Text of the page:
What You Need to Know About the Statute of Limitations for Georgia Wage Garnishment
When you have debts you have not paid or are late paying, creditors may seek to garnish your wages. Here’s everything you need to know about the statute of limitations for Georgia wage garnishment.
For wage garnishment in Georgia, the statute of limitations applies to an initial debt or breach of contract and differs based on what kind of debt is overdue. For breaches of written contracts, the statute of limitations is six years from when the debt was due and payable.
What is Wage Garnishment in Georgia?
A wage garnishment is an order that requires employers to take money from an employee’s paycheck and send it directly to a creditor.
Can My Paycheck Be Garnished in Georgia?
Creditors can garnish a paycheck in Georgia for several reasons. Creditors must obtain permission from a court to garnish a person’s wages, and debtors are provided with notice of court proceedings before they occur.
Most creditors cannot garnish someone’s wages without first suing and receiving a money judgment from a court. Exceptions exist for some debts, like taxes, student loans, child support, or alimony.
Georgia Wage Garnishment Limits
Federal law limits how much someone’s wages creditors can take. The garnishment amount is limited to 25% of a person’s weekly earnings. Limitations on how much of someone’s paycheck creditors can garnish differ between kinds of debt, with different limits for unpaid student loans, unpaid taxes, and unpaid child support.
If you are not currently supporting a spouse or child unrelated to the subject of the order, creditors can take up to 60% of your earnings. If you support a spouse or child unrelated to the subject of the order, creditors can take up to 50% of your earnings. Creditors can take an additional 5% of your earnings if you are more than 12 weeks in arrears (late on your payments).
If you have defaulted on a federal student loan, a collection agency or the Department of Education can garnish up to 15% of your pay or an amount equivalent to 30 times the current federal minimum wage per week (as protected under federal law).
If you owe back taxes, the federal government can garnish your wages without a court judgment. Your standard tax deduction and the aggregate amount of deductions for personal exemptions allowed to taxpayers in the year when the garnishment occurs determine your weekly exempt amount.
In Georgia, a creditor can take 25% of your disposable earnings for the week or the amount by which your weekly disposable earnings exceed $217.50, which is 30 times the minimum wage—whichever amount is smaller.
Georgia Wage Garnishment Statute of Limitations
A statute of limitations is the maximum time after an incident within which you can take legal action. For instance, if a statute of limitations is two years, a party has two years from the date of an incident to file a claim.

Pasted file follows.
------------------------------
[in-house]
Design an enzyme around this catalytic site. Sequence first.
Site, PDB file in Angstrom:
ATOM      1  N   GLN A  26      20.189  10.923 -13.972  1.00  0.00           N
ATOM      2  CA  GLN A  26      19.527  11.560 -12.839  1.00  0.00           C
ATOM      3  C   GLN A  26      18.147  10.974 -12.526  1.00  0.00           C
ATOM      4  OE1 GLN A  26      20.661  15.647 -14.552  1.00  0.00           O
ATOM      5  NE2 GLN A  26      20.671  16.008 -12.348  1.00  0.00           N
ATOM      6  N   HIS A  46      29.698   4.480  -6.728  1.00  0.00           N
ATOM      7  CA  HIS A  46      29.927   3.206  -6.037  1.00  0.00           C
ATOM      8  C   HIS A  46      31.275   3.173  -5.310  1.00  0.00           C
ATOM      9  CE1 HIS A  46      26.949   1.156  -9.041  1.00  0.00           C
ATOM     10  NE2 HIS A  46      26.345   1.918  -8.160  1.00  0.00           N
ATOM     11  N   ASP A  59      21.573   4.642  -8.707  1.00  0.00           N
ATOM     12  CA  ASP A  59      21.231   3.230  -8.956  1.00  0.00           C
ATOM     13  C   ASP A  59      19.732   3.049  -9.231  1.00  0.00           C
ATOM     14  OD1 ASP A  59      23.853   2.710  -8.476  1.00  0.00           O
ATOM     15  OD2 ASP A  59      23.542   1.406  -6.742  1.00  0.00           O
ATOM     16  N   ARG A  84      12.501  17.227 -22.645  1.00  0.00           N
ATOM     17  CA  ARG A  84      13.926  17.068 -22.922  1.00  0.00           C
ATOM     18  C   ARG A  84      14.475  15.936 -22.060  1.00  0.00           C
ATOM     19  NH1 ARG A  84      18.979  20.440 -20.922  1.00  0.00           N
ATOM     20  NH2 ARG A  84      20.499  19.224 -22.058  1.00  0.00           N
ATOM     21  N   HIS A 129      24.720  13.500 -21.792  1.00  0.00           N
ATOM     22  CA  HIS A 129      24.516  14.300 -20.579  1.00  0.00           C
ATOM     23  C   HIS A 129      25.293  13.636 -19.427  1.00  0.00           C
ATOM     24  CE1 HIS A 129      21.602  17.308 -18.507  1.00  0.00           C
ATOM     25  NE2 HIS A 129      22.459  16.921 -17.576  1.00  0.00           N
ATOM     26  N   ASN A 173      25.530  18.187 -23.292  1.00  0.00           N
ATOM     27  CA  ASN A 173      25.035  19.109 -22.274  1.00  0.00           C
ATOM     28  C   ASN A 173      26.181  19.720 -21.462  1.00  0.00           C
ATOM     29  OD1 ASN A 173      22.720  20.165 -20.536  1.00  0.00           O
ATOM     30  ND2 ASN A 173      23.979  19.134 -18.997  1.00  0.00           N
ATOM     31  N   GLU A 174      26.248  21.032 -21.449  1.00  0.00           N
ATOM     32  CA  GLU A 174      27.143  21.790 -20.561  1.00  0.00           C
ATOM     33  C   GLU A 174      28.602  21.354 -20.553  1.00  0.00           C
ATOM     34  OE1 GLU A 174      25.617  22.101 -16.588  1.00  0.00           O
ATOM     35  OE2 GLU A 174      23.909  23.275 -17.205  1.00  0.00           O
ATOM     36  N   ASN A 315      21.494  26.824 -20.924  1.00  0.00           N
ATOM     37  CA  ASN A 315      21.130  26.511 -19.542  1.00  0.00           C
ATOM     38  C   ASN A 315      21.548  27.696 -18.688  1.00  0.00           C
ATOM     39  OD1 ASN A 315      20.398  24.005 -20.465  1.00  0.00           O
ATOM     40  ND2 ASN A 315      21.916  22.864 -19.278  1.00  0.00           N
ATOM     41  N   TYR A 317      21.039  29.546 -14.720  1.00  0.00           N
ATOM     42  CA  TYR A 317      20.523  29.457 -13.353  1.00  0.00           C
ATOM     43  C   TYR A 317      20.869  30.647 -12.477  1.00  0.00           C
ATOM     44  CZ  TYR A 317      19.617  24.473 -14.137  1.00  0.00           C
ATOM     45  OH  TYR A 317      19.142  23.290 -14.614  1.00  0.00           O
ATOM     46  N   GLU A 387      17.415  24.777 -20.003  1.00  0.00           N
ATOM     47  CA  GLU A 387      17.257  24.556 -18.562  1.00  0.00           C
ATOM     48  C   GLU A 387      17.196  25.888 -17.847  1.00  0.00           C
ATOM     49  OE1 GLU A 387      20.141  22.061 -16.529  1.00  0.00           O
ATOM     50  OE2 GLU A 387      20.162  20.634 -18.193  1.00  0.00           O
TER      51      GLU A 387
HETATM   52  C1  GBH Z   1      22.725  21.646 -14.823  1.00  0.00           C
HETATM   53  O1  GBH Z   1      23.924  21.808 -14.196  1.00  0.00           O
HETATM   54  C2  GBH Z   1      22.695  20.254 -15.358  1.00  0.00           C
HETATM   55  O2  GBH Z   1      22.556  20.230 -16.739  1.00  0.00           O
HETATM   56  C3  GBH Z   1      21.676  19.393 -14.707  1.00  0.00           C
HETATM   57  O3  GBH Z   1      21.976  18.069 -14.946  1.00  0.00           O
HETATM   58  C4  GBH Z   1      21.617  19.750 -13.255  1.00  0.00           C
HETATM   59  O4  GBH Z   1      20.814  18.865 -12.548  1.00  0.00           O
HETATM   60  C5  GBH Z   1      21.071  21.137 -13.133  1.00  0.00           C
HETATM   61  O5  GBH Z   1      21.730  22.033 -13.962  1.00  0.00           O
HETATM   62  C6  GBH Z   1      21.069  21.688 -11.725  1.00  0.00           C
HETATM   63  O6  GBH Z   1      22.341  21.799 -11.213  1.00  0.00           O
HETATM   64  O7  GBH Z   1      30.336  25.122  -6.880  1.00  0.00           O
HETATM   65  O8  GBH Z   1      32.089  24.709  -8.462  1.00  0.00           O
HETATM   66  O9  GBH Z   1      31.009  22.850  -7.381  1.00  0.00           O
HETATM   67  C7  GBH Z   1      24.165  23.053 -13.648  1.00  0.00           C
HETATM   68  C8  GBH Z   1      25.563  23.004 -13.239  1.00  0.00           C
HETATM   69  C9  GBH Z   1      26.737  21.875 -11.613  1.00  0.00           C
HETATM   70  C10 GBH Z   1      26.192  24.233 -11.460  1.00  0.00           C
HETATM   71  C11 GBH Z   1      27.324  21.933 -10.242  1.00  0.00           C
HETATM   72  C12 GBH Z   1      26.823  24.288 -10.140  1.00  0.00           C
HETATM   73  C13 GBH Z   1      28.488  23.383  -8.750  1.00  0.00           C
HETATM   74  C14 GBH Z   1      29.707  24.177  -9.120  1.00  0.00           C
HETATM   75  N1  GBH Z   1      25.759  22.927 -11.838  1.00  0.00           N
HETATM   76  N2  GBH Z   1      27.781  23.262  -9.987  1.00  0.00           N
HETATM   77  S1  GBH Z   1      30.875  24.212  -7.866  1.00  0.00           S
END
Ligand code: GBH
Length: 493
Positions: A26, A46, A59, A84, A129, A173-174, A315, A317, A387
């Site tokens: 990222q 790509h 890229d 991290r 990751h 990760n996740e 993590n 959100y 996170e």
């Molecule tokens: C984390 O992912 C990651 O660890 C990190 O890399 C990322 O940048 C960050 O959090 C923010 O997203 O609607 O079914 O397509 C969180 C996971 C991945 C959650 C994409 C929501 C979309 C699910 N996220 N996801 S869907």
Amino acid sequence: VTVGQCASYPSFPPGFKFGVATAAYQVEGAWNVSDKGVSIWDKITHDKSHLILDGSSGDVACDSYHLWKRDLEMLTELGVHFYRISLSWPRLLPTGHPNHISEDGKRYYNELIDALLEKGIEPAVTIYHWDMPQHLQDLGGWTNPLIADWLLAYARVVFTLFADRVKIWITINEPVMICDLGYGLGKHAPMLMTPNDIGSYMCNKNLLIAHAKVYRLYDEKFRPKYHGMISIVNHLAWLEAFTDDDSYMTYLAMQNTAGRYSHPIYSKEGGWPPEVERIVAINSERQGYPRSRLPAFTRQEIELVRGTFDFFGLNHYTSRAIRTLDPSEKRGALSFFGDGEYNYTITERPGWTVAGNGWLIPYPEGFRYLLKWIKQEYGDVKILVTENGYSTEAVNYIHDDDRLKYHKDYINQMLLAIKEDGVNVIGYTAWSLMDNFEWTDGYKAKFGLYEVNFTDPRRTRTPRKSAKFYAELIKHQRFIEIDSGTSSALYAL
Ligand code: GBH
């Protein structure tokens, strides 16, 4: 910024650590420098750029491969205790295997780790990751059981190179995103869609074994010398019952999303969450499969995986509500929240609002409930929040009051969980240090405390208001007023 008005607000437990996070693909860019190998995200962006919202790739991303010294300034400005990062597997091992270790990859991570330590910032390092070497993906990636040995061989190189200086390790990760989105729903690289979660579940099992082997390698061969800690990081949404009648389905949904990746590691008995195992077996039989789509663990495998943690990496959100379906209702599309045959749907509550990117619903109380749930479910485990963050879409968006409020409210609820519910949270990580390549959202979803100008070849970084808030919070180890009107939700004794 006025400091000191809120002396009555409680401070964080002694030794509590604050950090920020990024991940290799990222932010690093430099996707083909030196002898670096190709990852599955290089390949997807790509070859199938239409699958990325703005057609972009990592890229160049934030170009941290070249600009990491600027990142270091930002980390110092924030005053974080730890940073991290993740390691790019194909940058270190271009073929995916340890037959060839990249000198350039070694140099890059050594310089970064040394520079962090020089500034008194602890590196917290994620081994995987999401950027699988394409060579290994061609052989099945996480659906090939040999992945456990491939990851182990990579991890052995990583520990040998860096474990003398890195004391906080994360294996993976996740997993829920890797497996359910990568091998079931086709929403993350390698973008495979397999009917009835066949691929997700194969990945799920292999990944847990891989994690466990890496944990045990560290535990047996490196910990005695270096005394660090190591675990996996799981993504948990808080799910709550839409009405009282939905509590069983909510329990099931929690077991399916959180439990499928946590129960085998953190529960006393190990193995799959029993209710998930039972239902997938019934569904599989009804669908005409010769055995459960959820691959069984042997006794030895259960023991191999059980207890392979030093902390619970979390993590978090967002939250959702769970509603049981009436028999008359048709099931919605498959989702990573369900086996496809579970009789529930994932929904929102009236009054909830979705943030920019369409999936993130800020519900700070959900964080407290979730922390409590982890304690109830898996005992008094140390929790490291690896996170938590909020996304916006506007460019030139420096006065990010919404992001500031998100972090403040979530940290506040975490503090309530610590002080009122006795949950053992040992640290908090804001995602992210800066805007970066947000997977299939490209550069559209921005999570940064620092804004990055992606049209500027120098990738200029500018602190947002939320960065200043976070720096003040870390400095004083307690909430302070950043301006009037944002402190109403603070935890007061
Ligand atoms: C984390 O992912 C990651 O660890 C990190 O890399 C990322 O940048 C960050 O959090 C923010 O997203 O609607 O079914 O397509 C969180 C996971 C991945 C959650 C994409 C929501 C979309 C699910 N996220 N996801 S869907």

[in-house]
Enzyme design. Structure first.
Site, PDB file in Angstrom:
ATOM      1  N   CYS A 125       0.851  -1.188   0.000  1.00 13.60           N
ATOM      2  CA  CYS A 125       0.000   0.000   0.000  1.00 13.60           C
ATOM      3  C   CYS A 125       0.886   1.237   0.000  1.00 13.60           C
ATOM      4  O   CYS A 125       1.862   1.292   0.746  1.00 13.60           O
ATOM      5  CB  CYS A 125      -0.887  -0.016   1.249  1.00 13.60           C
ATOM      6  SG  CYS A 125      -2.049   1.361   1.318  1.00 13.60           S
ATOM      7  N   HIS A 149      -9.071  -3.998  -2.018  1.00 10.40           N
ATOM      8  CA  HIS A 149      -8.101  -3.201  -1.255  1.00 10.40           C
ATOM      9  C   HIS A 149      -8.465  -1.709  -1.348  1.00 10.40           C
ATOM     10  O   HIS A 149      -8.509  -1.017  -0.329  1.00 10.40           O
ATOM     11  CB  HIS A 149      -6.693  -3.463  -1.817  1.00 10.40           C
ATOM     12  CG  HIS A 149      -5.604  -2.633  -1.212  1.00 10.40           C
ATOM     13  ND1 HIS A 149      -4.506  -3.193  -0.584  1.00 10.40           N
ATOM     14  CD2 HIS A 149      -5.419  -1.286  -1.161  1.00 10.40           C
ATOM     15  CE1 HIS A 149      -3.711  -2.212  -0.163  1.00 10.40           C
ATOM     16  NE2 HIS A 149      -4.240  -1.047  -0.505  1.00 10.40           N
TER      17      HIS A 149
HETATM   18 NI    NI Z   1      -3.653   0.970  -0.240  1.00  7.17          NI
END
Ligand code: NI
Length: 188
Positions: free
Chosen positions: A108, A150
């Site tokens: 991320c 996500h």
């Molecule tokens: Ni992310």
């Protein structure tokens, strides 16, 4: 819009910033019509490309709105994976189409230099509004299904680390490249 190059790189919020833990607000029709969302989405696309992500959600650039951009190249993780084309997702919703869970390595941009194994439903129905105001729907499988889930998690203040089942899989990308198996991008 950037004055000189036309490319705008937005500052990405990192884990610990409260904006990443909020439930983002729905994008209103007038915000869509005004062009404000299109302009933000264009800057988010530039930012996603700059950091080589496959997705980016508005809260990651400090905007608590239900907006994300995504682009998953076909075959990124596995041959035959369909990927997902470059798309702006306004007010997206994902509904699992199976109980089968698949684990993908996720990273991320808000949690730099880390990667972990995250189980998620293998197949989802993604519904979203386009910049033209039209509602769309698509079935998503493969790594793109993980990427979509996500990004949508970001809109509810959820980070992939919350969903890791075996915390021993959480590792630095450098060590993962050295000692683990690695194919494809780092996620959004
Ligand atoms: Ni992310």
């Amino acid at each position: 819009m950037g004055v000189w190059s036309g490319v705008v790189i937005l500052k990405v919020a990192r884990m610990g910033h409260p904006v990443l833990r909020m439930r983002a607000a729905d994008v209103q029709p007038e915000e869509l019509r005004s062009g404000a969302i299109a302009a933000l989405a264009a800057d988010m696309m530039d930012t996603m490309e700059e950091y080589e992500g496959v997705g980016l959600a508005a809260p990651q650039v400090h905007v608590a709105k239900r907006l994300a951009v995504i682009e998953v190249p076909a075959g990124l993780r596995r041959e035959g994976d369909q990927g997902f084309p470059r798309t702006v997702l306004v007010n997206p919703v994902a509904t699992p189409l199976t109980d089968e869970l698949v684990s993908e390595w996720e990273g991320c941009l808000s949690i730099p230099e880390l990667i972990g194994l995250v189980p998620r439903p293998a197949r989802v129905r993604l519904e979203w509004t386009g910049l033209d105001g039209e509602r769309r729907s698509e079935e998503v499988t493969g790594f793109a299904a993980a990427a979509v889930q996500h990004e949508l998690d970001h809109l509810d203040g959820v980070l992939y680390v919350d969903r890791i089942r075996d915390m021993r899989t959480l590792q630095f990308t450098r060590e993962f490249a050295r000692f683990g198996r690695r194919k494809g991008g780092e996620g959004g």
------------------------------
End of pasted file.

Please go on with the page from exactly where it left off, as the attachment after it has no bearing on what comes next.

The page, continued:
Georgia does not apply a statute of limitations to wage garnishment since it is not a crime. The violation of a contract leads to wage garnishment. The statute of limitations for breaches of contract differs depending on the type of contract.
Related: Georgia Employee Monitoring Laws
Written contracts have a statute of limitations of six years from when the debt was due and payable.
Oral breaches and open accounts have a statute of limitations of four years from the date of default.
After this point, Georgia cannot garnish your paycheck over existing unpaid debt.
Disputing Wage Garnishment in Georgia
Some ways of disputing or challenging wage garnishment include:
- Demonstrating the initial judgment or debt is invalid
- Arguing social security income is your only income
- Arguing your income is deposited into a joint account where the funds do not only belong to you (the debtor.)
However, it can be expensive and time-consuming to challenge a garnishment, so many attorneys may recommend that you try to settle your debt as quickly as possible. Debt settlement is likely more successful at the garnishment stage if made in a one-time payment to the creditor(s).
FAQs About Georgia Wage Garnishment
Can my employer fire me for wage garnishment in Georgia?
Your Georgia employer cannot fire you for wage garnishment if it is your first instance of indebtedness. However, neither Georgia nor federal law prohibits an employer from terminating an employee with multiple wage garnishments based on more than one indebtedness.
What are disposable earnings in Georgia?
Disposable earnings are the wages left in your paycheck after your employer makes any deductions required by law (including state and federal taxes, social security, and some parts of unemployment insurance).